A common concern among course creators is how few students actually finish the courses they’ve purchased. Now, for those who created their courses just to be a money tree, this might not matter so much. But for those who actually care about teaching students something and growing their impact (and not just their revenue), those Course Incomplete marks can trigger a lot of doubts.
Is my course too hard?
Is there too much content?
Am I moving too quickly between concepts?
Does my course suck?! Will I have to refund everyone???”
Course completion rates are but one metric for your course, and not always a particularly accurate one at that. Here’s why you don’t need to worry (too much) about your course completion rates.
Completion doesn’t equal learning.
When I was a high school science teacher, I always had at least one student who wouldn’t lift a finger on homework but managed to waltz their way to at least a B on the midterm. This always provoked the existential question: If they ace the test (without cheating), does it matter if they turned in all their assignments? If they learn the content, does it matter how they learned it?
Completing an activity does not equal learning.
You can’t assume that a student has learned something from your online course just because they’ve watched all the videos or clicked all the “Assignment Complete” buttons. (I, for one, am fairly terrible at processing information delivered through audio.)
You need ways to truly assess learning outcomes. That can be a self-grading quiz in your course platform or workbook, a checklist or rubric that students can use to gauge their own success, an individual or group check-in call, or a personal review of their work.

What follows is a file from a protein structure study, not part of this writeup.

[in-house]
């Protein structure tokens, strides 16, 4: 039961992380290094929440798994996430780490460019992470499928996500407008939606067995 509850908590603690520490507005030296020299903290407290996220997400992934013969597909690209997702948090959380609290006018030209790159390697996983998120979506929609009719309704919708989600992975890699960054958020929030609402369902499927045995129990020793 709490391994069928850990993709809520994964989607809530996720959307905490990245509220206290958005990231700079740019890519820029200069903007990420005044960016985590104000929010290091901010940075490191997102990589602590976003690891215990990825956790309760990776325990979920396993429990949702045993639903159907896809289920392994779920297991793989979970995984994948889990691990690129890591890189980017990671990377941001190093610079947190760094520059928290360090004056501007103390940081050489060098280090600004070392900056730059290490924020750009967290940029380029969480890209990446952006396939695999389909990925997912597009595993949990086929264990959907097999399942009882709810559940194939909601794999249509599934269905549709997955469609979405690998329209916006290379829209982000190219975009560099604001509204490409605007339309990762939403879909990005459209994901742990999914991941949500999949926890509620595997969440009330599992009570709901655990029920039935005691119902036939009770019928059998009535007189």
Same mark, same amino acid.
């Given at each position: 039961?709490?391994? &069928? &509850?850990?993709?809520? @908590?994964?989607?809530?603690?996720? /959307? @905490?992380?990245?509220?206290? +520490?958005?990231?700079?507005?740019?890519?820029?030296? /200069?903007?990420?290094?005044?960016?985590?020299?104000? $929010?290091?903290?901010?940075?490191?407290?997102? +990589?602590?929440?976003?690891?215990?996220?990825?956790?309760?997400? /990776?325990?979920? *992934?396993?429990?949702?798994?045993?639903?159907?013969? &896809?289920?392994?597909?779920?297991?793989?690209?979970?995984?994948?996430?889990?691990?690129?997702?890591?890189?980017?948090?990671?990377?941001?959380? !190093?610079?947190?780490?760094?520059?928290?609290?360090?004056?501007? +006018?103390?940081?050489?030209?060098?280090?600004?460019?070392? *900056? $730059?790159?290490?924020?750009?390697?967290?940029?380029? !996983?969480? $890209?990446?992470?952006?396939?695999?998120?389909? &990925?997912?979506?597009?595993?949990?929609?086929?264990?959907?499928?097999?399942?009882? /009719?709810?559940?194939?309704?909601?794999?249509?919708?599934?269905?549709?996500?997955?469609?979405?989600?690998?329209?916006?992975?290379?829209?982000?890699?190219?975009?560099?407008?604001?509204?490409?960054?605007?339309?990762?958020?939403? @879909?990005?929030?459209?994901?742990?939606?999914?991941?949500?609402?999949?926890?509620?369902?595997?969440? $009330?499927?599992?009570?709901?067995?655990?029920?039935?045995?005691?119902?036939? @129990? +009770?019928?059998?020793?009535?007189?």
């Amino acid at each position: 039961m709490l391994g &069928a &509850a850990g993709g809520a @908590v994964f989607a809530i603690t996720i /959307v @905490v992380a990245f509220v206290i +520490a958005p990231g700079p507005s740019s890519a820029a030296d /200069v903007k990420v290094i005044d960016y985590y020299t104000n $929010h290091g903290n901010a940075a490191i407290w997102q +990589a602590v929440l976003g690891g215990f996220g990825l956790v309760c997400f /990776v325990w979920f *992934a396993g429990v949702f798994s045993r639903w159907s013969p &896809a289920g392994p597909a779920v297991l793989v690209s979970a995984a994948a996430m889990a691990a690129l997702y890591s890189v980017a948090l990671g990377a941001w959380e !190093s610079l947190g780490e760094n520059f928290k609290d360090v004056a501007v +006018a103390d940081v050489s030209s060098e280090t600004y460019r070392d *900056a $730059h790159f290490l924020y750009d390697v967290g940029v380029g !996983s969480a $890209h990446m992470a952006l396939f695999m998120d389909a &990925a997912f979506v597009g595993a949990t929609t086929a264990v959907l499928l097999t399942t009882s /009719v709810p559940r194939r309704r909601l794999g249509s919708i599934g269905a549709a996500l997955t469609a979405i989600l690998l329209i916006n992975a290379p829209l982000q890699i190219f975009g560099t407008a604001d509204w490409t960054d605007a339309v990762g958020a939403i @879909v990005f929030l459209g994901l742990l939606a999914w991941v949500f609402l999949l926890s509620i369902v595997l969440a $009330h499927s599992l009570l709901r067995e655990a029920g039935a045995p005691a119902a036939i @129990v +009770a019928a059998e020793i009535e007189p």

Your course should have more content than most people need.
My first year of teaching was at a school that centered the theory of multiple intelligences, which basically says that there are many ways to learn. I learned to incorporate different learning modalities like audio, visual, and kinesthetic into my teaching. Most importantly, I gave students options for how to learn and demonstrate their understanding. A lot of my students struggled with reading comprehension, so I always tried to find supplemental explainer videos to support the textbook. I never forced anyone to present in front of the class because there are plenty of other ways to show their mastery of the content. So many of my shyer, introverted students thanked me for this.
Everyone learns differently, and if your course can provide options that meet these different needs, it will be more accessible to more people. Some simple, low-cost accommodations include:
- Transcripts for video or audio content (makes the content easier to skim and search)
- Separate downloadable files or links for slide decks and other presentation materials (students can go back and review at their own pace without rewatching the entire video)
- Captions for video lessons (makes the content more accessible for hard of hearing or multilingual learners)